Assassin's Creed series comes to Android with "Pirates"
The line between console gaming and mobile gaming continues to blur, as the much-adored Assassin's Creed series comes to the Android platform this Thursday, December 5.
Assassin's Creed Pirates, developed by Ubisoft, focuses on the sailing and pirate-themed activities popularized by the most recent installment of the game, Assassin's Creed IV: Black Flag. In the handheld game, you play the part of a new character named Alonso Batilla. He's not an assassin like his compatriots in the console series, but rather a sailor. Over the course of the game, it's up to the player to turn Alonso from a mere captive on a ship into a dread pirate and lord of the seas. Other characters from the game series make appearances in Pirates, but you'll control Alonso from start to finish.
The game makes liberal use of the Android platform's intuitive, touchscreen controls, letting you swipe the screen to steer your ship, for example. Naturally, waterborne combat is a major focus of the game, and you'll use similar controls to carry out your attacks. Drag your cannons from side to side to aim them, and tap the screen to attempt to dodge the return fire that comes your way (and hopefully live to sail another day). Victorious players can salvage items from sunken ships through a built-in minigame. Of course, when you aren't under fire, you can also customize your ship and its crew with nearly endless options.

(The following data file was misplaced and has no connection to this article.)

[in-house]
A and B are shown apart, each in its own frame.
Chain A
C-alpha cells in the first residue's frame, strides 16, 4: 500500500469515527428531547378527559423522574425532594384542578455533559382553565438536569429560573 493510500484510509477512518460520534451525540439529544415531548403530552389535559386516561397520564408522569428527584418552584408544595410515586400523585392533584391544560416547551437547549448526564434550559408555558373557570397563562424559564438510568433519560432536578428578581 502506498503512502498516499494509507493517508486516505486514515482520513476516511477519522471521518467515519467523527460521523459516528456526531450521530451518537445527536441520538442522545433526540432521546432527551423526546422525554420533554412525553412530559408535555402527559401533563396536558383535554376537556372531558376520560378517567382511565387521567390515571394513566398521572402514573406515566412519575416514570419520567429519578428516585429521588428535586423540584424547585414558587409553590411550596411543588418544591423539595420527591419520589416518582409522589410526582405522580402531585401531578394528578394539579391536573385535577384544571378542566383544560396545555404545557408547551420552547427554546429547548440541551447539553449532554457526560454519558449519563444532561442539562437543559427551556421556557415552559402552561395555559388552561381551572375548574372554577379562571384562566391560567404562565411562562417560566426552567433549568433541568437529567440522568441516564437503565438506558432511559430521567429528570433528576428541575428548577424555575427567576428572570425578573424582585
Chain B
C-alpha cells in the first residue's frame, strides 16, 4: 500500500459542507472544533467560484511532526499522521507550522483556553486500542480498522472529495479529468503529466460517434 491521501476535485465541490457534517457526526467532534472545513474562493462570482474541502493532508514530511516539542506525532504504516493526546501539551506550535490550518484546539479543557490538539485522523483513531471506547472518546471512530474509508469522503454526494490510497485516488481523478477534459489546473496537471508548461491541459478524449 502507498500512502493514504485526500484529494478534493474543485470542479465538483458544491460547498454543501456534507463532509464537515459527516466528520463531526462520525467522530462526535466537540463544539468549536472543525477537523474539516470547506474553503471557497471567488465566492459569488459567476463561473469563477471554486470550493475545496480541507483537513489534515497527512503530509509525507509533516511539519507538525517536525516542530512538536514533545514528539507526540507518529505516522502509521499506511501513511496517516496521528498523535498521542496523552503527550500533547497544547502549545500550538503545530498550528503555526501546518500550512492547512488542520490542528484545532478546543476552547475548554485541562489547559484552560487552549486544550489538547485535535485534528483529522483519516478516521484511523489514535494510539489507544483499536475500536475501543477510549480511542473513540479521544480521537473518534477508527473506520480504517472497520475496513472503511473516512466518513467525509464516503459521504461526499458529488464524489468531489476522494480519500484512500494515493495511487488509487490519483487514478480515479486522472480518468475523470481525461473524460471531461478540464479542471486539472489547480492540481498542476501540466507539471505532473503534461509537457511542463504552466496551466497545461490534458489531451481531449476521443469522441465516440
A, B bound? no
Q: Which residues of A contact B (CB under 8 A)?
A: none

Fun and games aside, Assassin's Creed Pirates is a major step toward making Android a serious platform for high-end gaming. The title is built around a new 3D graphics engine and features what one early player calls " some of the most detailed and eye-catching water ever seen in a mobile game. The water effects rival those of the latest series installment on Xbox 360 and Playstation 3." That's serious praise for something that can be played on the screen of a cell phone. For now, Pirates is clearly positioned as a companion piece to the Assassin's Creed series (although reviewers say it stands on its own just fine), but Android is clearly growing into its own as a credible platform for video games. It's only a matter of time until the handheld OS can carry a title like this without a major console tie-in to back it up.
Due to the game's heavy graphical requirements, you'll want an updated and powerful device to play Assassin's Creed Pirates. A unit like the HTC One, powered by a high-end Qualcomm Snapdragon processor, ought to do the trick. The game will be available on the usual Android app storefronts on Thursday at a price of $4.99. In the meantime, the trailer is available for viewing on Youtube.
For comprehensive coverage of the Android ecosystem, visit Greenbot.com.